Grateful Dead

Blair’s Golden Road Blog—A ’60s Psychedelic Sampler Playlist

By Blair Jackson

Don’t get me wrong—I love 1970s Grateful Dead. It’s the decade they made their greatest albums, introduced most of their coolest songs (both originals and covers) and played hundreds of their finest shows. Just look at the number of official releases of ’70s Dead concerts—it dwarfs any other decade.

But when the good folks at Rhino recently asked me to contribute a Spotify playlist for “Grateful Dead Week” (coinciding with the announcement of the GD Spring 1990 box), I decided to shine my light on ’60s Grateful Dead. After all, the Dead were the greatest psychedelic rock band ever — quite frankly, no one else is even close—and they made some of their most exciting, challenging and mind-blowing music in the late ’60s. That’s the band I fell in love with, through Live Dead, in the fall of ’69, and I’m still hooked on that era’s fearless, no-holds-barred musical explorations.

Spotify, for those who are unfamiliar with it, is an online digital music service that offers about 15 million tracks by thousands of artists on both major labels and big and small indies, either free (within certain limits) or by different levels of subscription. Access to Spotify requires integration with Facebook or Twitter, but beyond that, using it is easy. Spotify has a customizable “radio” function, and also allows users to set up and share their own playlists. The Warner Music Group (and its Rhino subsidiary) has developed a close relationship with Spotify, so nearly every regular commercial release in the Grateful Dead catalog can be found there—live, studio, compilations—plus all 36 Dick’s Picks, the complete, hard-to-find Download Series, and such cool discs as Rare Cuts & Oddities, the 5-CD So Many Roads (1965-1995), Fallout From the Phil Zone, Grayfolded, To Terrapin, Crimson, White & Indigo and lots more. OK, it doesn’t have the 10-CD Fillmore West 1969 (but it does have the 3-CD condensation of it), the 73 discs of Europe ’72: The Complete Recordings, or, at the moment, any of the Road Trips series, but considering the scope of what they do have, it seems unfair to be greedy about it. A handful of special Dead playlists can be found through The Warner Sound app.

The 10 tracks I’ve selected for my playlist exemplify the Dead’s searching ’60s spirit. You can find your sweet songs, concise jams and fun country numbers elsewhere. Most of this is hardcore, melt-your-face-right-off-of-your-head stuff; ragged harmonies and scarily electric interplay. Turn it up! It’s in chronological order except for the two L.A. Shrine shows.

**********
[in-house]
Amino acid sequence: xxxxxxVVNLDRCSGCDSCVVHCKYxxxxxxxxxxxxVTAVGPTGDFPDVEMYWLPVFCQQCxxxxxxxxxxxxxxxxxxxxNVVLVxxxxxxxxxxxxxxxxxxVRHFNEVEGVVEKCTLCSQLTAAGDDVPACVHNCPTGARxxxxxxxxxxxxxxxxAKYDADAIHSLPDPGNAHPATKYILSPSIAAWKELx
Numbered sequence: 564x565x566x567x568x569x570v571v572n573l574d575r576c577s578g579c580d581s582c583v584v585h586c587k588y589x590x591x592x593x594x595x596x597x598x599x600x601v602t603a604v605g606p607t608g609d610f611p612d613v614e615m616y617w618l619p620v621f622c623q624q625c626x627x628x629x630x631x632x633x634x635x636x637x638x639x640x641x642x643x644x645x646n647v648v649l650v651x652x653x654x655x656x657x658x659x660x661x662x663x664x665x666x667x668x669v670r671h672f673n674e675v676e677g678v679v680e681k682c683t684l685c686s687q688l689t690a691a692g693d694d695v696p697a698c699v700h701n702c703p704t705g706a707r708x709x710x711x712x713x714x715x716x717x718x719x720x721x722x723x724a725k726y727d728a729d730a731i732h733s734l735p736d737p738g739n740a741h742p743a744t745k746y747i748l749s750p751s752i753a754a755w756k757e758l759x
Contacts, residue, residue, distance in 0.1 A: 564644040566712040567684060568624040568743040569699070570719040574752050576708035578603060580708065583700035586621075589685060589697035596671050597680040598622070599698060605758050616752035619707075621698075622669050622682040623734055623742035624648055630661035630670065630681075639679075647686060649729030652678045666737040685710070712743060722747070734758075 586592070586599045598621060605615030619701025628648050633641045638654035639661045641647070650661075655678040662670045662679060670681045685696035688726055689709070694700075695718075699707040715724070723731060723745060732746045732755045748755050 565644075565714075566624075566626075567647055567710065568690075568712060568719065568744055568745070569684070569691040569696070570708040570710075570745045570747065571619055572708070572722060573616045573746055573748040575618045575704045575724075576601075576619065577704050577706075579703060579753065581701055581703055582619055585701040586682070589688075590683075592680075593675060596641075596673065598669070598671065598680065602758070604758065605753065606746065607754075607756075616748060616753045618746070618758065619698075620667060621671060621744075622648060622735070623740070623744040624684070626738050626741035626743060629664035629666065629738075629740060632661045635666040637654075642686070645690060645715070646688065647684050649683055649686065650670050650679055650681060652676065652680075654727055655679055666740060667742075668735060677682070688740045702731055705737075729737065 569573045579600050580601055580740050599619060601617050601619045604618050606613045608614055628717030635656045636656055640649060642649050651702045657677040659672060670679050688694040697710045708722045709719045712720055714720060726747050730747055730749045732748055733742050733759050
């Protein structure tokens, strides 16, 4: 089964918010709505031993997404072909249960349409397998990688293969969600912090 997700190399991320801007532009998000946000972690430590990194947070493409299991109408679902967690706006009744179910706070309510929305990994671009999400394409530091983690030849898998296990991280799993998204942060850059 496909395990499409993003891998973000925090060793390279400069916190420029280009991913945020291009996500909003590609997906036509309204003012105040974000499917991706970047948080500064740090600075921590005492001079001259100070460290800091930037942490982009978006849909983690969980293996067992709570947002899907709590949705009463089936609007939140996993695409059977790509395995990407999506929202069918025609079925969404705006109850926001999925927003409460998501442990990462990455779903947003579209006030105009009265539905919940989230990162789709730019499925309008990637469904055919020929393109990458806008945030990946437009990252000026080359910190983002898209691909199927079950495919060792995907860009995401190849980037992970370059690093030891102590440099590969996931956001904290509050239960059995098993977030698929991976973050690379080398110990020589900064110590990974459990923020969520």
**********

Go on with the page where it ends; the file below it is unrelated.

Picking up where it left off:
For what it’s worth, if Road Trips releases had been available, I would have chosen the “New Potato Caboose” > “Born Cross-Eyed” > “Spanish Jam” from the 2/14/68 Carousel Ballroon show (Vol. 2, No. 2) and “He Was a Friend of Mine” from the 5/24/69 Big Rock Pow-Wow release (Vol. 4, No. 4).

1. “I Know You Rider” (Avalon Ballroom, SF, unknown date in 1966). This first came out in 1970 on a fine unauthorized LP called Vintage Dead. Its lone appearance on CD is on the box set So Many Roads: 1965-1995. It’s a nice example of how the early Dead electrified old folk material and made it their own. Those of you who only know the post- 1969 versions of “Rider” will be interested to see how different it was earlier.

2. “Viola Lee Blues”(Dance Hall, Rio Nido, CA, 9/3/67). Right before the band traveled to L.A. to begin work on Anthem of the Sun, they spent a week or so in the redwood-shrouded Russian River enclave of Rio Nido, honing their new original songs and also playing a couple of gigs in the tiny dance hall there. “Viola Lee Blues” was the Dead’s main improvisational vehicle during this period, and this 23-minute marathon, which seemingly goes a million different places, with crescendo after crescendo, shows the Dead at their jammiest. Alas. the beginning of the tune does not appear on the surviving tape. This track is from the re-mastered/expanded edition of the Dead’s first album, The Grateful Dead.

Bob Fried’s famous “Trip and Ski” poster
promoting 2/22-24/68 (heard on
track 3 of my playlist) was one of the
earliest to use a skeleton image playfully
in conjunction with the Dead.

3. “Good Morning Little Schoolgirl” (Kings Beach Bowl, Lake Tahoe, CA, 2/24/68). One of the real crowd-pleasers of many a late ’60s Dead set was their snaky and sensuous reading of this old blues number, featuring Pigpen on lead vocals and harmonica. This version comes from a winter ’68 show in a bowling alley in Lake Tahoe, and can be found on Dick’s Picks Vol. 22. The Dead could be a first-rate blues band when they wanted to be, though it never was their main emphasis.